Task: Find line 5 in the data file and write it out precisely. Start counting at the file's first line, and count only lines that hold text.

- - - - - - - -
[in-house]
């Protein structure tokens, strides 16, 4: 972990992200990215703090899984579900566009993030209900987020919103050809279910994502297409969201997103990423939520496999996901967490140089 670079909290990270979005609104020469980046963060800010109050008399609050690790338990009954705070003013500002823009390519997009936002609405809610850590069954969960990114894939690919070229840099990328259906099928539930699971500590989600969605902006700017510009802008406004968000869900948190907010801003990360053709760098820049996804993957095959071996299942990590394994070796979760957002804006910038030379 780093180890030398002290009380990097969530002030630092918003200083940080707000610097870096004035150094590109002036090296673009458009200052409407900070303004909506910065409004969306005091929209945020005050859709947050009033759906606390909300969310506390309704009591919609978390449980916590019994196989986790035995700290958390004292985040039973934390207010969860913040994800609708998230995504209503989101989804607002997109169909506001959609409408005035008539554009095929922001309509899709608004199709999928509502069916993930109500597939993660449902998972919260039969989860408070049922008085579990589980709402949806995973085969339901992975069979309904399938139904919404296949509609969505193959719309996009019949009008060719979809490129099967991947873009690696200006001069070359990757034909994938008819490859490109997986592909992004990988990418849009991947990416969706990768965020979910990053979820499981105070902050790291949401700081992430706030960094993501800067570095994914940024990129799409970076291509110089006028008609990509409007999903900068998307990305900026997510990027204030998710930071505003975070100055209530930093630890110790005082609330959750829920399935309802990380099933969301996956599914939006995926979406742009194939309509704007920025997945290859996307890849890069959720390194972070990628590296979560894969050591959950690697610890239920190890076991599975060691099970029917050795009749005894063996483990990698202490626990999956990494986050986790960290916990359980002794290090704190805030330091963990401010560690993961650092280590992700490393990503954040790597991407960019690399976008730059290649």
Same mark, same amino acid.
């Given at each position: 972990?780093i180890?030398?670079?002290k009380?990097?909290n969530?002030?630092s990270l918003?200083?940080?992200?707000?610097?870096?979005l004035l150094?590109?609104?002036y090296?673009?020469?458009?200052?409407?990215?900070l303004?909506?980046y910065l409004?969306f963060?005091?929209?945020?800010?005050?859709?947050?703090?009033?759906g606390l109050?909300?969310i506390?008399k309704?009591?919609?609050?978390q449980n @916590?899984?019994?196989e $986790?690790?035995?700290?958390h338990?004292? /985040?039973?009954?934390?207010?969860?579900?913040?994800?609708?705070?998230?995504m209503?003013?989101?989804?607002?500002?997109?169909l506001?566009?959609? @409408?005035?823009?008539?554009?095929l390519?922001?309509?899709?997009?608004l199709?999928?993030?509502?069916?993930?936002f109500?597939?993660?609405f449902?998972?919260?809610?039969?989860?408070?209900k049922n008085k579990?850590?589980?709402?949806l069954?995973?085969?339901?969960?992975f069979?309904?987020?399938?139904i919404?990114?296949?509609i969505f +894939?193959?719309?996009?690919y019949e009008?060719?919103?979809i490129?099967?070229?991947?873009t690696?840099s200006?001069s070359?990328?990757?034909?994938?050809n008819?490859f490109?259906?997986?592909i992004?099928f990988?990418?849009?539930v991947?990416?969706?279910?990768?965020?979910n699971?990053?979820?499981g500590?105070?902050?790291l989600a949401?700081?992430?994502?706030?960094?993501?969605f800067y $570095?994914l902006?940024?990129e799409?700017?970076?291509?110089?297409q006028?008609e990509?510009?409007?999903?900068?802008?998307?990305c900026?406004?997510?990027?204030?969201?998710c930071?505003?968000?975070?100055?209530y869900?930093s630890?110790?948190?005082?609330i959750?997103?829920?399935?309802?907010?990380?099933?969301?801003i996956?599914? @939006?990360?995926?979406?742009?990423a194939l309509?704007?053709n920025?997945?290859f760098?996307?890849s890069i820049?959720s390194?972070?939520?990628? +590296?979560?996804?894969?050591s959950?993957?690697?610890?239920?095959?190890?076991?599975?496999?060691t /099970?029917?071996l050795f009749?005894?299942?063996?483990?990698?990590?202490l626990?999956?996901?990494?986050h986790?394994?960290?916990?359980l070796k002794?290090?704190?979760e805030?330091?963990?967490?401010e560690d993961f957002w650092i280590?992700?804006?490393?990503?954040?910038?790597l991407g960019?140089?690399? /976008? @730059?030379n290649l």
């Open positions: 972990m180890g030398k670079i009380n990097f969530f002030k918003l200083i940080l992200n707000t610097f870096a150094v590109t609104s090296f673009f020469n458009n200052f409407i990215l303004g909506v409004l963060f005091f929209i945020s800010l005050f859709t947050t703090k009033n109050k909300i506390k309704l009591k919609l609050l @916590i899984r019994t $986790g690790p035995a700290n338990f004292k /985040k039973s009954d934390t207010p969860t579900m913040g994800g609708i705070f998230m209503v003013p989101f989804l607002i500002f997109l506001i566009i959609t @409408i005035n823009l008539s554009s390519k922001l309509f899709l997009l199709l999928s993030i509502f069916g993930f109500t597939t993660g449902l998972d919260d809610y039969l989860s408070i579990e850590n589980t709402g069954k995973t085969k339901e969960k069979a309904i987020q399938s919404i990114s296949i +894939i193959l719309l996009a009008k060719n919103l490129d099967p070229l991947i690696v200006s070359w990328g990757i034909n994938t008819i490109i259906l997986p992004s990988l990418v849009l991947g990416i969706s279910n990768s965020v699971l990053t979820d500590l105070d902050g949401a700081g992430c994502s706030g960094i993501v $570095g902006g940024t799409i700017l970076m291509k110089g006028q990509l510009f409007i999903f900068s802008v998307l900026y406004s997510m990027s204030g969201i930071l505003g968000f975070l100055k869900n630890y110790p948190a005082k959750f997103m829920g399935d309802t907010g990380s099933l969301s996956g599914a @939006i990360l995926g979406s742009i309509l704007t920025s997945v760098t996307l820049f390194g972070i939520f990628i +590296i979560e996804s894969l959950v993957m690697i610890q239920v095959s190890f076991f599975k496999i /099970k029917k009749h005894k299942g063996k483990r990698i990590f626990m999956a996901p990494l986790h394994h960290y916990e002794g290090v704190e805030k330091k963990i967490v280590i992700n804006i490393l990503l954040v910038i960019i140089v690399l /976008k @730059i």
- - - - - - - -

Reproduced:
């Open positions: 972990m180890g030398k670079i009380n990097f969530f002030k918003l200083i940080l992200n707000t610097f870096a150094v590109t609104s090296f673009f020469n458009n200052f409407i990215l303004g909506v409004l963060f005091f929209i945020s800010l005050f859709t947050t703090k009033n109050k909300i506390k309704l009591k919609l609050l @916590i899984r019994t $986790g690790p035995a700290n338990f004292k /985040k039973s009954d934390t207010p969860t579900m913040g994800g609708i705070f998230m209503v003013p989101f989804l607002i500002f997109l506001i566009i959609t @409408i005035n823009l008539s554009s390519k922001l309509f899709l997009l199709l999928s993030i509502f069916g993930f109500t597939t993660g449902l998972d919260d809610y039969l989860s408070i579990e850590n589980t709402g069954k995973t085969k339901e969960k069979a309904i987020q399938s919404i990114s296949i +894939i193959l719309l996009a009008k060719n919103l490129d099967p070229l991947i690696v200006s070359w990328g990757i034909n994938t008819i490109i259906l997986p992004s990988l990418v849009l991947g990416i969706s279910n990768s965020v699971l990053t979820d500590l105070d902050g949401a700081g992430c994502s706030g960094i993501v $570095g902006g940024t799409i700017l970076m291509k110089g006028q990509l510009f409007i999903f900068s802008v998307l900026y406004s997510m990027s204030g969201i930071l505003g968000f975070l100055k869900n630890y110790p948190a005082k959750f997103m829920g399935d309802t907010g990380s099933l969301s996956g599914a @939006i990360l995926g979406s742009i309509l704007t920025s997945v760098t996307l820049f390194g972070i939520f990628i +590296i979560e996804s894969l959950v993957m690697i610890q239920v095959s190890f076991f599975k496999i /099970k029917k009749h005894k299942g063996k483990r990698i990590f626990m999956a996901p990494l986790h394994h960290y916990e002794g290090v704190e805030k330091k963990i967490v280590i992700n804006i490393l990503l954040v910038i960019i140089v690399l /976008k @730059i």